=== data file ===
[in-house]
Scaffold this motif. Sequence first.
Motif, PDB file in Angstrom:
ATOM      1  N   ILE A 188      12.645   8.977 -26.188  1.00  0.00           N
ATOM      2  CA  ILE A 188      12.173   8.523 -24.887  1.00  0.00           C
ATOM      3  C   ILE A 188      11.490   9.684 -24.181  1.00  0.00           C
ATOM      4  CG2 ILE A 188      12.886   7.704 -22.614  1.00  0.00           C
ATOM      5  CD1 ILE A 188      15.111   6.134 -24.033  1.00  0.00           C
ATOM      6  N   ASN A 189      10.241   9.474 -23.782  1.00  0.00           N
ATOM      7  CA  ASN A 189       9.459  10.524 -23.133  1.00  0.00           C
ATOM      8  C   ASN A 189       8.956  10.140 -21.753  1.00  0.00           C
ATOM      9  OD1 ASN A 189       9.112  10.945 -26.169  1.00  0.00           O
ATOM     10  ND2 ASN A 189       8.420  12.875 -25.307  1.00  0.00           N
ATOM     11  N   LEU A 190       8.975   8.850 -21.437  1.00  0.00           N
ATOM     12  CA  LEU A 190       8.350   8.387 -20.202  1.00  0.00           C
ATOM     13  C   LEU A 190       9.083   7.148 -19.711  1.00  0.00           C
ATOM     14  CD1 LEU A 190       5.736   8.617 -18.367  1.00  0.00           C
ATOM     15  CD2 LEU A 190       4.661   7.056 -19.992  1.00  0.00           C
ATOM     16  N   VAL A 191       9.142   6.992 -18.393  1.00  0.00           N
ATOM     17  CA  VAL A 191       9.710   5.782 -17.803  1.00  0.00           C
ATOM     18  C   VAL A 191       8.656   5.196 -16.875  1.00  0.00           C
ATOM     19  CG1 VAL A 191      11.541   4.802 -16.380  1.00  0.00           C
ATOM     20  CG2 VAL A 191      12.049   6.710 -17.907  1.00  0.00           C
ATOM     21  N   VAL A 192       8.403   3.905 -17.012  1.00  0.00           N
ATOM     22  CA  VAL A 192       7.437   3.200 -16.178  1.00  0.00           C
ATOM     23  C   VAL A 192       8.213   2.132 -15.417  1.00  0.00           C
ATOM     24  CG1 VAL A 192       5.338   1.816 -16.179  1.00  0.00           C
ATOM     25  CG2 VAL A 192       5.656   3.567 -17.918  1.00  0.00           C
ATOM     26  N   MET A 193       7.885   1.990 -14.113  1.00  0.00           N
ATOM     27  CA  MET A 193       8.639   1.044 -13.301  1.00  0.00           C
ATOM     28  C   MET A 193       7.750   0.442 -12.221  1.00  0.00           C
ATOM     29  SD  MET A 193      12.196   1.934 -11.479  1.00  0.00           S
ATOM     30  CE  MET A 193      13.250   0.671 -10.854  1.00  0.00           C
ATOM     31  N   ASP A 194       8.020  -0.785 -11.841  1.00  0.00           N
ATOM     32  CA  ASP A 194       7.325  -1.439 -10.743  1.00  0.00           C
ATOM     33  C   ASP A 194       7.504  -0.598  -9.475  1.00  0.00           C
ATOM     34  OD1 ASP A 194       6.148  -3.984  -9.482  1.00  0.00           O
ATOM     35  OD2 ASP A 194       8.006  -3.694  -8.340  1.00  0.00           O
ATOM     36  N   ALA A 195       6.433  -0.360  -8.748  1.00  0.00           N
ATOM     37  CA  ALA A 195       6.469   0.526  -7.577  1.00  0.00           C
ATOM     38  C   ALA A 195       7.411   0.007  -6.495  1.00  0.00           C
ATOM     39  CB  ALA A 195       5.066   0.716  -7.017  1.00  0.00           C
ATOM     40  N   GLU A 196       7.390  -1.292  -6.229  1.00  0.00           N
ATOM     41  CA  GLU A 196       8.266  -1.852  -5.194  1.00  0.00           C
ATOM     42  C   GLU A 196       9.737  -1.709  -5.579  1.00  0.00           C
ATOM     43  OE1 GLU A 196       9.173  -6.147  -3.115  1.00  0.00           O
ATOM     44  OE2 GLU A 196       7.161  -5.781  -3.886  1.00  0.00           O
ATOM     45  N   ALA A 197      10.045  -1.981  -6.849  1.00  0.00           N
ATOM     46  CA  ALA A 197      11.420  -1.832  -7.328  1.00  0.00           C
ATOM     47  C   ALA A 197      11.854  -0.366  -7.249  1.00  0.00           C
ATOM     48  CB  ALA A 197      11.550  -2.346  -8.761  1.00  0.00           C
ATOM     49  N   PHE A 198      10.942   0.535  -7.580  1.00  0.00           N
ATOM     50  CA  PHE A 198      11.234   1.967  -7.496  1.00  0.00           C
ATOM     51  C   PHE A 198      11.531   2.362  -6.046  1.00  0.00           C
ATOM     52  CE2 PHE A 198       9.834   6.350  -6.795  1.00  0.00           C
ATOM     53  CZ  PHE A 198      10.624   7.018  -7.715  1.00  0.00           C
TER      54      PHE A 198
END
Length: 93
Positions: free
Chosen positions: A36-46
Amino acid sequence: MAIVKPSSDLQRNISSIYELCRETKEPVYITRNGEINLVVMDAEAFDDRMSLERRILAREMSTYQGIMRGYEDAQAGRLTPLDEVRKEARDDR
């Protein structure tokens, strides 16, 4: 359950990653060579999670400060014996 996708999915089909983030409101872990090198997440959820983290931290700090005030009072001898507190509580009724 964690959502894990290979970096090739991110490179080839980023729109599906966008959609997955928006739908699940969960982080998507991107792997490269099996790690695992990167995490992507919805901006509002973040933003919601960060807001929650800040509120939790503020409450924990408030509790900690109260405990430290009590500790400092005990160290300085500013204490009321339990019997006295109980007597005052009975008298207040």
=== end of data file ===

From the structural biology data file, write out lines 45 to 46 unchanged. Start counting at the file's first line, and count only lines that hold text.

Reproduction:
ATOM     42  C   GLU A 196       9.737  -1.709  -5.579  1.00  0.00           C
ATOM     43  OE1 GLU A 196       9.173  -6.147  -3.115  1.00  0.00           O